Ultimately, the left will lose. Big business will pollute the planet, capitalist culture will kill off the arts and humanities, schools will all be privatised, libraries will all close, social mobility will cease, the gulf between rich and poor will grow and everything beautiful will die. The left may note little human rights victories – gay marriage and the odd bit of better pay – but the machine is rolling inexorably forwards to crush it.

The African-American stand-up Chris Rock maintained that stand-up comedy should always be punching upwards. It’s a heroic little struggle. You can’t be a right-wing clown without some character caveat, some vulnerability, some obvious flaw. You’re on the right. You’ve already won. You have no tragedy. You’re punching down. You can be a right-wing comedy columnist, away from the public eye, a disembodied, authoritarian presence that doesn’t need to show doubt. Who could be on a stage, crowing about their victory and ridiculing those less fortunate than them without any sense of irony, shame or self-knowledge? That’s not a stand-up comedian. That’s just a cunt.

Stewart Lee has curated “The Alternative Comedy Experience” for Comedy Central (Tuesdays, 11pm). Tickets for live dates are on sale at: stewartlee.co.uk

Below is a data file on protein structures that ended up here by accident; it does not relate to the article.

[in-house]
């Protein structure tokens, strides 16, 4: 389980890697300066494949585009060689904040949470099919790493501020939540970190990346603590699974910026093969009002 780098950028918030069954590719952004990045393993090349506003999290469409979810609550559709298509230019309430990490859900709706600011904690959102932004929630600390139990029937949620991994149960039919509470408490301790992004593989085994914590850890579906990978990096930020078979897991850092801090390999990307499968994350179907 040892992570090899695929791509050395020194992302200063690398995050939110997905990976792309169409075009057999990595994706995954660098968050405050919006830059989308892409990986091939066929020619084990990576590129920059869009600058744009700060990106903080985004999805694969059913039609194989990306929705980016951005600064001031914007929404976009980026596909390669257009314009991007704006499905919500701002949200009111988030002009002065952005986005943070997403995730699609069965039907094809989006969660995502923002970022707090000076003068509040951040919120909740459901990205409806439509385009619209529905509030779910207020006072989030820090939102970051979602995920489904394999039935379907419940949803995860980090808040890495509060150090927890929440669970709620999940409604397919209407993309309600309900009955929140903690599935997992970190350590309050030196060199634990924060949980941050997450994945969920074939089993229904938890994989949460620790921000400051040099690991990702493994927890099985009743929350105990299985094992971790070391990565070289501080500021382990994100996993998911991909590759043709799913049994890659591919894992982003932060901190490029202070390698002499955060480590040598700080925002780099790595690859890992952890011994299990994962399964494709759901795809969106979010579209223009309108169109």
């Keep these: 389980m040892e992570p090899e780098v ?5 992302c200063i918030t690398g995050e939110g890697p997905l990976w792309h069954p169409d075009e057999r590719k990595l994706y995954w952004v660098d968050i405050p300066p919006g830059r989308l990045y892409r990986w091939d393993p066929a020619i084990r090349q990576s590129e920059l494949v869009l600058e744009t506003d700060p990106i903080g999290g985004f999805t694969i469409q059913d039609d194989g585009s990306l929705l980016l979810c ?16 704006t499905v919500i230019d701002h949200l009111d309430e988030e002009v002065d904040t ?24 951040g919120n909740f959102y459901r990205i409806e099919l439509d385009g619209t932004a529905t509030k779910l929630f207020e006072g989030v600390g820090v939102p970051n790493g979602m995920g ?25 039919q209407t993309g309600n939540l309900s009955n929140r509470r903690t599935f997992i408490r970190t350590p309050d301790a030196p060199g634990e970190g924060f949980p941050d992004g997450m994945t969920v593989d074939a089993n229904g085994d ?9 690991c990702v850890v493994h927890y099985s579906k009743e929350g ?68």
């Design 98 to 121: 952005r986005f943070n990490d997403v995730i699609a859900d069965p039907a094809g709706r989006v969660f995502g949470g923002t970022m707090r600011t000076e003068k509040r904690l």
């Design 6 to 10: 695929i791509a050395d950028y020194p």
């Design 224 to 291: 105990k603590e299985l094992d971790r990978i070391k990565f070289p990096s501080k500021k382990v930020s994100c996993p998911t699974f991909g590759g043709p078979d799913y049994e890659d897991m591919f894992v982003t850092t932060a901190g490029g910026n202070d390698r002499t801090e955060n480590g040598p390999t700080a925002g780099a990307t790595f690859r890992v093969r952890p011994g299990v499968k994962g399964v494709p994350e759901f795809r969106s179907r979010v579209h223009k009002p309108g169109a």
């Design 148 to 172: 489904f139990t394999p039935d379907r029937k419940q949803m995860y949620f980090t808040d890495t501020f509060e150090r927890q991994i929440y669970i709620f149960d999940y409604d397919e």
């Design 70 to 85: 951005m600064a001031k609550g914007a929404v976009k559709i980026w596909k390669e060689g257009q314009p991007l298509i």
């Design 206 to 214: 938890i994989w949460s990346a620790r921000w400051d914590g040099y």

Illustration: Nick Hayes for the New Statesman

This article first appeared in the 12 April 2013 issue of the New Statesman, Centenary Special Issue

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How Donald Trump is slouching towards the Republican nomination

There was supposed to be a ceiling above which Trump’s popular support could not climb.

In America, you can judge a crowd by its merchandise. Outside the Connecticut Convention Centre in Hartford, frail old men and brawny moms are selling “your Trump 45 football jerseys”, “your hats”, “your campaign buttons”. But the hottest item is a T-shirt bearing the slogan “Hillary sucks . . . but not like Monica!” and, on the back: “Trump that bitch!” Inside, beyond the checkpoint manned by the Transportation Security Administration and the secret service (“Good!” the man next to me says, when he sees the agents), is a family whose three kids, two of them girls, are wearing the Monica shirt.

Other people are content with the shirts they arrived in (“Waterboarding – baptising terrorists with freedom” and “If you don’t BLEED red, white and blue, take your bitch ass home!”). There are 80 chairs penned off for the elderly but everyone else is standing: guys in motorcycle and military gear, their arms folded; aspiring deal-makers, suited, on cellphones; giggling high-school fatsos, dressed fresh from the couch, grabbing M&M’s and Doritos from the movie-theatre-style concession stands. So many baseball hats; deep, bellicose chants of “Build the wall!” and “USA!”. (And, to the same rhythm, “Don-ald J!”)